I got some of the love too. When Landsburg came out from behind the table for our photo, I told her what an inspiration her portrayal of Doris had been to me and she gave me an impromptu "thank you so much" hug. (Props to Sestra for getting pictures of that, I thought she was looking elsewhere at the time.) 

I always try to find something different to tell the actor that he/she might not hear all weekend, but I had to admit The Wizard of Oz-inspired episode -- basically Doris' fantasy -- was my favorite. She said it was hers too. Before we moved on, she told me about her directorial effort, Love & Debt,  which stars Tom Cavanagh, Bellamy Young and Brynn Thayer. (It's on Amazon, Spectrum, Comcast and Cox Broadcasting platforms, so check it out!)

Then I talked with Imperato, delivering a similar spiel about my love for the show. But the signals might have gotten crossed somewhere between the part in which I had a crush on Carlo's character, Danny, and how uplifting Doris was to me. "Your first crush was Valerie?" Imperato said in good humor. That's when we discovered a fresh and exciting way of getting additional photos, Sestra showing us the photo she took while we still had our arms around each other. Bonus hugs!

Jesse Borrego got me to do something I never would have done under normal circumstances. After joking that our "I Want to Believe" shirts should say "I want to live forever," he started singing the title song ... and I actually picked up where he left off. That had to have offended his eardrums. Jesse also has a new movie -- Phoenix, Oregon -- with James Le Gros and Lisa Edelstein. 

After saying hello to Carol Mayo Jenkins, the last Fame cast member I met was Lee Curreri. I recognized those soulful eyes before I saw anything else. The only one of the foursome who also was in the original movie was really enjoying himself, remarking he had spent more time with Billy Hufsey the previous night than he ever got to on the set. Lee came out from behind the table for the photo and kept talking to us after it was taken. When we mentioned Sibling Cinema's 10-word movie reviews, he sheepishly brought up the 1986 film, Crystal Heart, with Tawny Kitaen. Neither Sestra nor I knew of it, but mark our words, we will hunt that one down and give it the 10-word treatment.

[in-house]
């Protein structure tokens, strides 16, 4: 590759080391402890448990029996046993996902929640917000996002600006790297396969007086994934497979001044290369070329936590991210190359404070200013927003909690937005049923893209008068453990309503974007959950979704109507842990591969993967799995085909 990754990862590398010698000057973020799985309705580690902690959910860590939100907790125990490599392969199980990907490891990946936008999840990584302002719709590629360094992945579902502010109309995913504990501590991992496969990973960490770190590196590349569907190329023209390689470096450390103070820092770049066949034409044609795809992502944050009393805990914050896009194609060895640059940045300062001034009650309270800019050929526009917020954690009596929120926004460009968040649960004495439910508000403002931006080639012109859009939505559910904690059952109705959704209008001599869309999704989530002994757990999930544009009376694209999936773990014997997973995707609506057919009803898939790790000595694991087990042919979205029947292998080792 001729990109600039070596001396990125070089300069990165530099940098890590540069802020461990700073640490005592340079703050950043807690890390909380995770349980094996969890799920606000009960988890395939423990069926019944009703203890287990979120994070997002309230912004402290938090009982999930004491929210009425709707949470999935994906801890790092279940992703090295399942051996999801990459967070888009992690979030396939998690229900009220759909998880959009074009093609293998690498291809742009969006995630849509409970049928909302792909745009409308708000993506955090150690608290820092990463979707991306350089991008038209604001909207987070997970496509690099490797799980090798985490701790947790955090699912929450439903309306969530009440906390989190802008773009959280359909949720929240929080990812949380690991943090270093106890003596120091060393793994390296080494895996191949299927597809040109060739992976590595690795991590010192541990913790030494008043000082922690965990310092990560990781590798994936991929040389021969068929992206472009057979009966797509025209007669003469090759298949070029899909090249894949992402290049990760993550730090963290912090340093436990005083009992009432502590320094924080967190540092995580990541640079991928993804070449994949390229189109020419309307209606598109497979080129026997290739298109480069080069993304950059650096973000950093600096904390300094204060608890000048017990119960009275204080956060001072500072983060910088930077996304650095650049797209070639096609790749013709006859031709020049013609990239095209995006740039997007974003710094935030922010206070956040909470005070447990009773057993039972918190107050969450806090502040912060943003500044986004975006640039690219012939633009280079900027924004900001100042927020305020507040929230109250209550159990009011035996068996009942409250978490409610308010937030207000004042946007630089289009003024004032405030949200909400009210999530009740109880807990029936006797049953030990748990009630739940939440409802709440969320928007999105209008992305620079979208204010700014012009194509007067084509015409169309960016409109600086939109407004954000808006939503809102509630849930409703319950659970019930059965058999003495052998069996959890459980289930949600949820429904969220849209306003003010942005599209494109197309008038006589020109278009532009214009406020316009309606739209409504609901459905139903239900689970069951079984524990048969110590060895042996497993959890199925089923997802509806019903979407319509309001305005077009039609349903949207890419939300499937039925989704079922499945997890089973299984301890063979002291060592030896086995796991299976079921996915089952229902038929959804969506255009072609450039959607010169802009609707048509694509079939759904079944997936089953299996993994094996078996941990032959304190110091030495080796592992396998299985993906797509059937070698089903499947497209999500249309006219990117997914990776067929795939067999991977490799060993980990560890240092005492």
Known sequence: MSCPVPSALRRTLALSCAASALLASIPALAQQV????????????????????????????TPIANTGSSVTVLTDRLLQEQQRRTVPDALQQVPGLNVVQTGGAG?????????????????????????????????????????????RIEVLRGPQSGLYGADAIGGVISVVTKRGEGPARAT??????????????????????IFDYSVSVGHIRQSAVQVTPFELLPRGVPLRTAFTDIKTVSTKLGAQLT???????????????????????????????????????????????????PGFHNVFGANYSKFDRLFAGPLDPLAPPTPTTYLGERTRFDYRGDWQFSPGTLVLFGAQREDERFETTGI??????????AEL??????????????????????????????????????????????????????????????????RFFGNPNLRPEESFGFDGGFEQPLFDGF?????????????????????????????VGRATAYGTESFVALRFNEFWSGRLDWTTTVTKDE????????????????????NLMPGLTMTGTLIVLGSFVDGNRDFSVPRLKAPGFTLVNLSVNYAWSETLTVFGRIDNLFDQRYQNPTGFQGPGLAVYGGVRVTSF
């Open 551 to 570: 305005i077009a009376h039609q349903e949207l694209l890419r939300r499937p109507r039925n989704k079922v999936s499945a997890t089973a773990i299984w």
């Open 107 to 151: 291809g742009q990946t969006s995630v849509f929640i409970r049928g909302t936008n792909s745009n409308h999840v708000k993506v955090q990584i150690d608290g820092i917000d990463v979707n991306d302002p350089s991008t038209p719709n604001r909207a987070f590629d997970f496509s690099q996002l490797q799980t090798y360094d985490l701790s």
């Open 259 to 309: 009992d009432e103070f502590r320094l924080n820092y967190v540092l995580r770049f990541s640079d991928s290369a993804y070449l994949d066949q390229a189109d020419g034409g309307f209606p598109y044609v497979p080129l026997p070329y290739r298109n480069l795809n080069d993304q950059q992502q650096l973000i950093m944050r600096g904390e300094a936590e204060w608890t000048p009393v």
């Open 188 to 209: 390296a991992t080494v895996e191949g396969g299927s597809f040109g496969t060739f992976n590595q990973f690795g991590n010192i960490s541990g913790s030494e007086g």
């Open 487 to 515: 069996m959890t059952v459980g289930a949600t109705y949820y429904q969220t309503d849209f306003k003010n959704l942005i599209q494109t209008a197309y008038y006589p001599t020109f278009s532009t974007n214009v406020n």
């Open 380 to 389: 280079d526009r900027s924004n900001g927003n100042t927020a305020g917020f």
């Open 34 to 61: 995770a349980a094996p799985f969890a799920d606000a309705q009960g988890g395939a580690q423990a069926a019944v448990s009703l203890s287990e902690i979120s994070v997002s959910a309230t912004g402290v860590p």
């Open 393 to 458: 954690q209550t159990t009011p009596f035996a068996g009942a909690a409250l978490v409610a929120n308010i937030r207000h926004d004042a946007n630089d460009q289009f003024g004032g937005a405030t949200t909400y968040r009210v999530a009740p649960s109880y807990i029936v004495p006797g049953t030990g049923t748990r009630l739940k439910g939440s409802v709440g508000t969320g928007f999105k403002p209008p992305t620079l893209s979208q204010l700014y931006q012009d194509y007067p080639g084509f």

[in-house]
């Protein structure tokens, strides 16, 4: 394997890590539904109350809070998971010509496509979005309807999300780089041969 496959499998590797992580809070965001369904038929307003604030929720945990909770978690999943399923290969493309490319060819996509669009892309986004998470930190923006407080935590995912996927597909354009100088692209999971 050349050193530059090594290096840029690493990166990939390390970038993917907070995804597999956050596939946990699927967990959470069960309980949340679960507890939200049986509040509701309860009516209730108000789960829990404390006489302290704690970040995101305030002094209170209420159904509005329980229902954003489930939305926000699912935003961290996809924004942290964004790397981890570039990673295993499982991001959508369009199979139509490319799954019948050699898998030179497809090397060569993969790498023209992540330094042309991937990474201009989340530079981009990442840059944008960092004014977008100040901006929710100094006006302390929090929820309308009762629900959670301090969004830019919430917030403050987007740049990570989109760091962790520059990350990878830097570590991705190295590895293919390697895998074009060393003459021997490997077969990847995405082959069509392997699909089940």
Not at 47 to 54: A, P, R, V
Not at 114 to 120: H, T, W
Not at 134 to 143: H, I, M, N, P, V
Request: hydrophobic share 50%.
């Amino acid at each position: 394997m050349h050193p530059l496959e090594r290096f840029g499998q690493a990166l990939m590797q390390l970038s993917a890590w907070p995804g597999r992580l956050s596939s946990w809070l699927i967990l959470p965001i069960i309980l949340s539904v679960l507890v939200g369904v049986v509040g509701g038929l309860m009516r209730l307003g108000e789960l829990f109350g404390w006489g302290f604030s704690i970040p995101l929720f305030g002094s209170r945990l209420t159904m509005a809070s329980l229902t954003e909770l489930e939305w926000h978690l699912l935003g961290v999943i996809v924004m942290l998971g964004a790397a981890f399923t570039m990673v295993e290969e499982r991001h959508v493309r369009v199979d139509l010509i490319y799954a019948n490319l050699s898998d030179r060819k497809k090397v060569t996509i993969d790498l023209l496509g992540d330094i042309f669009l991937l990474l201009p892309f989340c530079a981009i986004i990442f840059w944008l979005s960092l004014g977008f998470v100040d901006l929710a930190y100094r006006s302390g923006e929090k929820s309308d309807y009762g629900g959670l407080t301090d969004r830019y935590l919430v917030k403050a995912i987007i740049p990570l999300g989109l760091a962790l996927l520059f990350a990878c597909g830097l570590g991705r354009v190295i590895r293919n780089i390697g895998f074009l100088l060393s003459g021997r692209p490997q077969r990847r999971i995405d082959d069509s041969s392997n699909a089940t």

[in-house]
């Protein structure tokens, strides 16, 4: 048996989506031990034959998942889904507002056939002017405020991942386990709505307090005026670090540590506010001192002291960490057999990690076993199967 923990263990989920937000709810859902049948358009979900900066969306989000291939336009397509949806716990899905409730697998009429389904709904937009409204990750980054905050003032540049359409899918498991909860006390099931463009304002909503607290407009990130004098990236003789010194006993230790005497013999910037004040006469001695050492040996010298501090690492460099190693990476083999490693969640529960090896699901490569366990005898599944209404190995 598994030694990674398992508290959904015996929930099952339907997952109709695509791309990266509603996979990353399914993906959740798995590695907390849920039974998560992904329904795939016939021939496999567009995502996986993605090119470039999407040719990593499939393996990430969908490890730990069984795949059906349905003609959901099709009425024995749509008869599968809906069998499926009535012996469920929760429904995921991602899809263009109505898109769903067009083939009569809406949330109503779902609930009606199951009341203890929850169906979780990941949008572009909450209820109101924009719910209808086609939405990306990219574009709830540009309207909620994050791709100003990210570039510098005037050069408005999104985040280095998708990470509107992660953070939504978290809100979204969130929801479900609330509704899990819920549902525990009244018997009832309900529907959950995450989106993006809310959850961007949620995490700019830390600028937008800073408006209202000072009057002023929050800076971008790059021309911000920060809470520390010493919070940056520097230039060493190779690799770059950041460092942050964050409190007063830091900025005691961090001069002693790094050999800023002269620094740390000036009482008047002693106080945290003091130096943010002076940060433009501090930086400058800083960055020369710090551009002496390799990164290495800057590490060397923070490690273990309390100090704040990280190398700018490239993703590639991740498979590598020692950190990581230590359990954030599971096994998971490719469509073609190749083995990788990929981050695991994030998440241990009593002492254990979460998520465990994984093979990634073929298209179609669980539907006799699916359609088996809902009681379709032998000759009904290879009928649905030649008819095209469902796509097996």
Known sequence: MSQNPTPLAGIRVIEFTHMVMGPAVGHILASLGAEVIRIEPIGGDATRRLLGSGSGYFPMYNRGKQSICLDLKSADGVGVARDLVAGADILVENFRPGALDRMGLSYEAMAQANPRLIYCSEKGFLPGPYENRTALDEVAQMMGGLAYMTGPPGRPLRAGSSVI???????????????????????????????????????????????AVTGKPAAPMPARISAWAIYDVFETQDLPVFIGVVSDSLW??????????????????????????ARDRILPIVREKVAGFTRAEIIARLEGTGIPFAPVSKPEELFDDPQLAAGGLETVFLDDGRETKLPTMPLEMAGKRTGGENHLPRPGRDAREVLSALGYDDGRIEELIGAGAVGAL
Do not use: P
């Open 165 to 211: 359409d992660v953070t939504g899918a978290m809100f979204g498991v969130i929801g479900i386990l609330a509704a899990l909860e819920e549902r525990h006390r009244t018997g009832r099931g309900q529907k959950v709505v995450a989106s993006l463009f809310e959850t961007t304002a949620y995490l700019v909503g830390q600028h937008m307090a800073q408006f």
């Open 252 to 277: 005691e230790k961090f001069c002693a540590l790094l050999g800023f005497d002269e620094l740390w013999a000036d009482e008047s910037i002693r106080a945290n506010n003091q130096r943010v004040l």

Next we made our way to Nancy Allen, who not only still is completely gorgeous (and blessed me for telling her so), but was also really sweet and accommodating. (Notch another one in the Blockbuster/X-Files t-shirt fan club.) We joked about how harsh the lighting is in the Hilton Parsippany -- "interrogation lighting" I do believe Sestra deemed it. 

After Sis pointed out that Allen's Robocop character, Anne Lewis, was a great role model of the time, Nancy told us a story about a fan from Mexico who had only seen Robocop 2. Lewis was her hero, and Allen was grateful to have been able to play a part like that.

I mentioned I had met Piper Laurie, Nancy's Carrie co-star, at the last Chiller. Allen said Laurie is so lovely, but she never really got to know her until after the movie wrapped and became a cult favorite. "We just had no idea it would be so big, and then it got even bigger," Nancy said.

Very happy to have gotten so much accomplished during the pre-show portion of the program, I got on the Richard Dean Anderson line so I could finally meet Dr. Jeff Webber/MacGyver. It probably helped that neighboring Tori Spelling took a break after an hour, which cut down the line a bit. Knowing he's a dog aficionado, I wanted to share with him a picture of our husky, Lady Cayenne. 

After Richard declared her to be beautiful, I mentioned we'd been fans since General Hospital -- "Oh, that goes way back" -- and that I run Sharon Wyatt's YouTube channel. He really just melted -- "She's so great, I adored her." He asked after Sharon, and I spent the rest of the minute or so we got with him talking about his GH co-star, which I really didn't mind all that much. Sestra made him jump, because she had been so quiet while I was rambling on and he didn't know she was there.

Sometime during dinner, a lightbulb went off and I realized that Krista Allen -- whose setup was adjoining the Anderson line -- had been on The X-Files. She was needed for the yearbook! Didn't really relish the idea of getting back on that long line that swings around again, but there was only one person at Krista's table, and so I was able to slip into that queue without offending anyone.

Allen recalled she was psyched to be on the show -- "Are you kidding, it was phenomenal!" was the exact quote. Then she told me how she pranked David Duchovny and Gillian Anderson by doing an NC-17 take on Sharon Stone's Basic Instinct leg crossing during their scene together. She even included that as part of her signature in the book, which she scrolled through to see all the signatures. Her memorable character(s) from "First Person Shooter" (Season 7, Episode 13) somehow also wasn't pictured in it.